Featured Screen Shot
Lois Lane [to the hand-cuffed Spider Spinelli]: Look on the bright side Spider, at least you look good in silver?
Mannheim: What are you waiting for? Shoot it!
Goon: But it’s a big ducky!
Mannheim: SHOOT IT!
Synopsis "Fun and Games"
“Spider” Spinelli’s gang screeches through the streets of Metropolis in a stolen armoured car before using a smoke screen to cover their escape. The gang is celebrating their haul in an anonymous warehouse when a peculiar figure wearing a grinning full-head dolls mask steps out of the shadows. He introduces himself as the “Toy Man” and tells them to deliver a warning to their boss Bruno Mannheim. By the time the gang recover their senses the Toyman has left and locked them in the warehouse. However, they’ve taken their eyes off a bouncing ball he has left behind. It starts bouncing faster and faster gaining speed with each ricochet. It quickly starts smashing crates and eventually leaves large dents in concrete and metal. The criminals retreat into the armoured car until their terrified cries attract Superman’s attention. The bouncing missile even phases the Man of Steel until he swats it. He then flies the armoured car with the criminals still in it to police headquarters.
Lois Lane and Jimmy Olsen are at Metropolis PD headquarters when the police pull Spider’s gang out of the wrecked armoured car. They overhear one of the gang mumble something about the Toyman, but Spinelli refutes Lois’s accusation that he works for Bruno Mannheim. Meanwhile, the gangster rehearsing a speech donating “Mannheim Park” to the children of Metropolis – part of his efforts to project the image of a respectable businessman. Clark Kent is already there covering the build-up to opening when Lois arrives, but she tells him the Toyman story is hers.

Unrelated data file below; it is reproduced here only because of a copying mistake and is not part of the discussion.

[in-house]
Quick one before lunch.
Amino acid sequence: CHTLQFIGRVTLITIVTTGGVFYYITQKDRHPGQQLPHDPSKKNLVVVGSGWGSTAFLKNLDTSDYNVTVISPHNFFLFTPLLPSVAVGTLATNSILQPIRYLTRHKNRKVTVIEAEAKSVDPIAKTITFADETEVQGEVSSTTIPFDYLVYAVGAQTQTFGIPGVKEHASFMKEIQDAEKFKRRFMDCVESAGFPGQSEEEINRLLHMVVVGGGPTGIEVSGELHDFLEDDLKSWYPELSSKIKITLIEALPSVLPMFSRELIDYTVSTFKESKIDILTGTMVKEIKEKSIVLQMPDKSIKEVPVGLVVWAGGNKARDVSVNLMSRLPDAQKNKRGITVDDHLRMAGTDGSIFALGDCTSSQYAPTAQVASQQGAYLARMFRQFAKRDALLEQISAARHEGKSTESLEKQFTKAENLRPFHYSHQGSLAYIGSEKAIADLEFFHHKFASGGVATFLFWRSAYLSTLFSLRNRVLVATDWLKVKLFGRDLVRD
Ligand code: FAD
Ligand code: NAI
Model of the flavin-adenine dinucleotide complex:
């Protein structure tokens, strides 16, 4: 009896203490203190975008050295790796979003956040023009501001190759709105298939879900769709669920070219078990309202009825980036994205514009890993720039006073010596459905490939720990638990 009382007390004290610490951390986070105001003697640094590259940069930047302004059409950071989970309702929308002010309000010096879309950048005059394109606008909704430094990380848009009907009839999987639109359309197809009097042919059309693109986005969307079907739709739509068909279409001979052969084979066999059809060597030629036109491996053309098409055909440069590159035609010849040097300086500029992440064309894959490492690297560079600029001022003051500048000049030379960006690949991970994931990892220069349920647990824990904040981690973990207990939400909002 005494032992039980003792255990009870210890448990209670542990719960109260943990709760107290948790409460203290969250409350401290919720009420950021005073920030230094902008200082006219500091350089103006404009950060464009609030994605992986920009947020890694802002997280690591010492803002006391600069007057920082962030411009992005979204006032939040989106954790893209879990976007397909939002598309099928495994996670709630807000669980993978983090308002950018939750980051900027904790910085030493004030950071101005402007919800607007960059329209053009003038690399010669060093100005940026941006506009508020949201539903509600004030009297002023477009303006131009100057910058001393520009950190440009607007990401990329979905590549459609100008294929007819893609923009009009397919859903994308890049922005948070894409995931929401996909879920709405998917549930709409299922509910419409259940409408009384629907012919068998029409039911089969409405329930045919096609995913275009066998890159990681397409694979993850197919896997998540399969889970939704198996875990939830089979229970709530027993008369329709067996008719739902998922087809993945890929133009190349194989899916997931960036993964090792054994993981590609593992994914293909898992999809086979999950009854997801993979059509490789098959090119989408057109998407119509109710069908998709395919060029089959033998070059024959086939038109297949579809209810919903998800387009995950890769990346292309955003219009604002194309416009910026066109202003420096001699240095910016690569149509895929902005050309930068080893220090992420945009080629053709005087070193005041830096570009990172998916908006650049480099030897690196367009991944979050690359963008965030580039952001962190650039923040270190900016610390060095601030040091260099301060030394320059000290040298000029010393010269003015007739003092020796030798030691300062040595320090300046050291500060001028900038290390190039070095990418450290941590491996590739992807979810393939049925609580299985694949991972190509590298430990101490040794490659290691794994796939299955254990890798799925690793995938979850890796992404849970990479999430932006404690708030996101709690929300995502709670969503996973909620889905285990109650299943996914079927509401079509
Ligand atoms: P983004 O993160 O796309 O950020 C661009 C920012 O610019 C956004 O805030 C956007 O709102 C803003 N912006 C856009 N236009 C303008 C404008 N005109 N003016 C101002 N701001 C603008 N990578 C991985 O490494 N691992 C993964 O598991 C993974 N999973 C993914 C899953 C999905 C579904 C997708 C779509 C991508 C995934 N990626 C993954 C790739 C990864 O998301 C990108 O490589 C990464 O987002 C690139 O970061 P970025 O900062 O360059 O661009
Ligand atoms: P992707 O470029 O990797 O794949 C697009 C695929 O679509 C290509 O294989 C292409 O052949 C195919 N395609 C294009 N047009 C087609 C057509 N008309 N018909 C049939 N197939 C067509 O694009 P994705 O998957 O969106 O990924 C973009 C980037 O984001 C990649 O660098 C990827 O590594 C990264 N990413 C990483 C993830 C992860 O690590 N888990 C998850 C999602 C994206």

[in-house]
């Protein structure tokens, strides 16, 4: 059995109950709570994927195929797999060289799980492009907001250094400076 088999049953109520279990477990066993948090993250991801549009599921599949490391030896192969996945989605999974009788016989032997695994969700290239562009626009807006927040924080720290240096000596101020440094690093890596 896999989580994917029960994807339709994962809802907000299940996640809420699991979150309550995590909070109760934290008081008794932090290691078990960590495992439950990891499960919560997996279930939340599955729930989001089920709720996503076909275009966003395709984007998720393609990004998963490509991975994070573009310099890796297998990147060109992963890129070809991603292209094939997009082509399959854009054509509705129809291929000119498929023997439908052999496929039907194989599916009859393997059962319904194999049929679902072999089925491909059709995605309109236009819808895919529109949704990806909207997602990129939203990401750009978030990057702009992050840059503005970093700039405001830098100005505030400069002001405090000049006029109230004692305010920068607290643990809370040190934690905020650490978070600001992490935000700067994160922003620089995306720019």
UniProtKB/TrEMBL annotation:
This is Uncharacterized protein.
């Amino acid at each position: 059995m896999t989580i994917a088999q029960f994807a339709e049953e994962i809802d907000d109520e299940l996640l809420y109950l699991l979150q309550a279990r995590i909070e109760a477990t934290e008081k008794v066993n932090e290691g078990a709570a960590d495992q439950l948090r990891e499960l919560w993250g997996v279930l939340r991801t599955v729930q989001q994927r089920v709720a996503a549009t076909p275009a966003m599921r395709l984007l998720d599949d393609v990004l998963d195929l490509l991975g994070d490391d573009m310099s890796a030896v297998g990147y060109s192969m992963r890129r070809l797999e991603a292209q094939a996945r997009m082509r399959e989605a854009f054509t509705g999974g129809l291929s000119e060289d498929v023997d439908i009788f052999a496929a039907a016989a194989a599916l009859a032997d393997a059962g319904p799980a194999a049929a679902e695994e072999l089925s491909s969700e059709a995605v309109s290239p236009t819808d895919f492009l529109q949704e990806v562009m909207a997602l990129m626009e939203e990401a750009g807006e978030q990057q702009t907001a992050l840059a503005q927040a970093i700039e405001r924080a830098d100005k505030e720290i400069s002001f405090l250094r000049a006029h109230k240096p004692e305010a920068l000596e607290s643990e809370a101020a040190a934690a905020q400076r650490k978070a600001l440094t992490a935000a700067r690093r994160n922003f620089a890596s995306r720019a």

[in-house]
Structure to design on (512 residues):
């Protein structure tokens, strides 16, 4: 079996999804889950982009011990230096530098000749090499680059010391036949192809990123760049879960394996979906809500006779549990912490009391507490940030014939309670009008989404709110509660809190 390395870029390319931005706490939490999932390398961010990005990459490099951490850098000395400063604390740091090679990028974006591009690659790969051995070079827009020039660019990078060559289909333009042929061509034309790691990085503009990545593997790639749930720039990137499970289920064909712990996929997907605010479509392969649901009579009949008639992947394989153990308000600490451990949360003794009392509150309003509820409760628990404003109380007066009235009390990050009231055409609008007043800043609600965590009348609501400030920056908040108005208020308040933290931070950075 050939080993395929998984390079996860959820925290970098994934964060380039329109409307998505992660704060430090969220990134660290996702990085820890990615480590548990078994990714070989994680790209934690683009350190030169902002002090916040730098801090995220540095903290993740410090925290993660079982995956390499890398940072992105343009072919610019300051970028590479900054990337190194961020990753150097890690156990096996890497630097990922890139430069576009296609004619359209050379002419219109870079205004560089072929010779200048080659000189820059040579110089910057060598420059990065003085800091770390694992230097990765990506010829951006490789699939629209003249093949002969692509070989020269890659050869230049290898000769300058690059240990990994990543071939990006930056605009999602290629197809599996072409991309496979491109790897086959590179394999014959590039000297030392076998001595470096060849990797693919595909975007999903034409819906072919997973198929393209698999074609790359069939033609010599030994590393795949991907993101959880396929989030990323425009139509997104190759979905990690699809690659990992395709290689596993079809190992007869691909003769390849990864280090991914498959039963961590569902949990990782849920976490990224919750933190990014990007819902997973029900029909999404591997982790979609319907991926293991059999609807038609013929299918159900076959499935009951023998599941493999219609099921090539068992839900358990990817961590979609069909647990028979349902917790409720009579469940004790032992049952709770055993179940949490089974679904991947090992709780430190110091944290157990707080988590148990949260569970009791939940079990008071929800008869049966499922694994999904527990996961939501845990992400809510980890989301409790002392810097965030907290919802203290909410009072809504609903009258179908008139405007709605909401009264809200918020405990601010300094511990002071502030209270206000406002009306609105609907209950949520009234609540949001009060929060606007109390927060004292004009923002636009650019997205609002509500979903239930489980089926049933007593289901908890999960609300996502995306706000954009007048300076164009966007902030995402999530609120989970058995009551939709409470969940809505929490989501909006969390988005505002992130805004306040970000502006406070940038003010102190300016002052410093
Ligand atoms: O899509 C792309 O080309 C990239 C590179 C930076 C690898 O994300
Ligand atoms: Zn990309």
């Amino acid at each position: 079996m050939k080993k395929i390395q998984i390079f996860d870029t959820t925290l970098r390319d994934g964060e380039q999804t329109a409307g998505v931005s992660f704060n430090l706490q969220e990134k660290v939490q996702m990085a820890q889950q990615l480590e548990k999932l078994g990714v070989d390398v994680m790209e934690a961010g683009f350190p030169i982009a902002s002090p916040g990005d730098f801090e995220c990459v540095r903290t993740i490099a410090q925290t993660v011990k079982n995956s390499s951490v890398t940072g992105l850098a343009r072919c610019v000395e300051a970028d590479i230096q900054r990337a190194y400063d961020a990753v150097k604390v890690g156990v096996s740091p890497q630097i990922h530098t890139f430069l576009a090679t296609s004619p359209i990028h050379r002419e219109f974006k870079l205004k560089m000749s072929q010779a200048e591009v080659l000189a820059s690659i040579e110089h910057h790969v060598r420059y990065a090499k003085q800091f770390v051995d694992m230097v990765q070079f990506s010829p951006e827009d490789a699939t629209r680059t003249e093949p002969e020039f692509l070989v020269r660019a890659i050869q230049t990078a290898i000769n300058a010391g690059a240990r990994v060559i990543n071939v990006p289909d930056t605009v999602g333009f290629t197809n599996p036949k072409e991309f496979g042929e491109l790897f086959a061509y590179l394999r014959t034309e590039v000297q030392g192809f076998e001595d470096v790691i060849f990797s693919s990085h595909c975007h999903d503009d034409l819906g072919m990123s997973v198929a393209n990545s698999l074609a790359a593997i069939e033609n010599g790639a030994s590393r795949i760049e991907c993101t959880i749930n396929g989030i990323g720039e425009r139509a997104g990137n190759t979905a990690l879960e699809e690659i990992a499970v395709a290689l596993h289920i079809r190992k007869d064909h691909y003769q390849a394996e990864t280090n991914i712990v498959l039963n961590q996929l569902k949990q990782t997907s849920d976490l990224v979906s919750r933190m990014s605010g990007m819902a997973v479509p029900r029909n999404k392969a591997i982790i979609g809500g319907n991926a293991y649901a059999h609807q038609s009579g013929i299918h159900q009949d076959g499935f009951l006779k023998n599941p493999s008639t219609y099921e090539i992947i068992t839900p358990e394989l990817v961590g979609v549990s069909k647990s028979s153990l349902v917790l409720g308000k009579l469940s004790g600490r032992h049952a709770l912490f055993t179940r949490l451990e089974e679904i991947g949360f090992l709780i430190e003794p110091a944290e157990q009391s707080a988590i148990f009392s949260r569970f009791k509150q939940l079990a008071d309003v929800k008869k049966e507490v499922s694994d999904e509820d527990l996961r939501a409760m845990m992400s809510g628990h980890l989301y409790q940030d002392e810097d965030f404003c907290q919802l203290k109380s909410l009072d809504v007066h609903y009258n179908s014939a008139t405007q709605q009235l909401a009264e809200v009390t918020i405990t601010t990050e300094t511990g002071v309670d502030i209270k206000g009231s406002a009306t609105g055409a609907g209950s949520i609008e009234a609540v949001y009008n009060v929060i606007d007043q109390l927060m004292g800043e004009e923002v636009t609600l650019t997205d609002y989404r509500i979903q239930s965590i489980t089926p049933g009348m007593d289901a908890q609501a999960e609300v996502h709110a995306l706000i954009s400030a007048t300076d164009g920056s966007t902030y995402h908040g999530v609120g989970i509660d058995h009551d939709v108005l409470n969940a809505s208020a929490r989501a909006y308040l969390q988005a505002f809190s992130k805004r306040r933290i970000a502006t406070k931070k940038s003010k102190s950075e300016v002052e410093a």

Mannheim is telling Lois he’s a “respected citizen” when a trio of toy fighter planes suddenly open fire on them. Clark pushes Mannheim out of harms way, but the planes shoot-up the picnic tables and anything else that moves (luckily the children haven’t yet arrived for the party). Mannheim runs, but Lois grabs Clark’s arm believing he is also in danger and prevents him from following. The toy planes circle for another attack run on Mannheim who has got himself stuck in a playground playhouse. While everybody’s attention is diverted Clark lowers his glasses and uses his heat vision to knock out the toy planes before they causes any more damage. The next attack against Mannheim comes that night when he’s on-board his private boat. A fifty-foot tall “ducky” appears and starts pecking at the boat. It slices the boat in two and Mannheim has to swim to shore. Superman arrives to hold off the ducky, but the escaping Mannheim runs straight into the Toyman who knocks him out with sleeping-gas filled bubbles. All that Superman finds is Mannheim’s gun and the Toyman’s discarded bubble wand.
Lois had written up the attacks on Mannheim and had brought in a psychologist to profile the Toyman. The profiler concluded that the Toyman must be an “emotionally stunted, amoral narcissist, with paranoid delusions desperately seeking external validation for his anti-social behaviour.” The Toyman does not particularly like Lois’s description of him and sends Lois a “Princess Nighty-Night” doll that puts her to sleep with its fairy-dust. When Lois awakens she finds herself dressed as a child’s doll (complete with mittens, giant-hair bow, and heavily rouged cheeks) in an adult-sized version of a doll’s house. The Toyman is calling to her from his warehouse of toys asking if she “can come out and play.”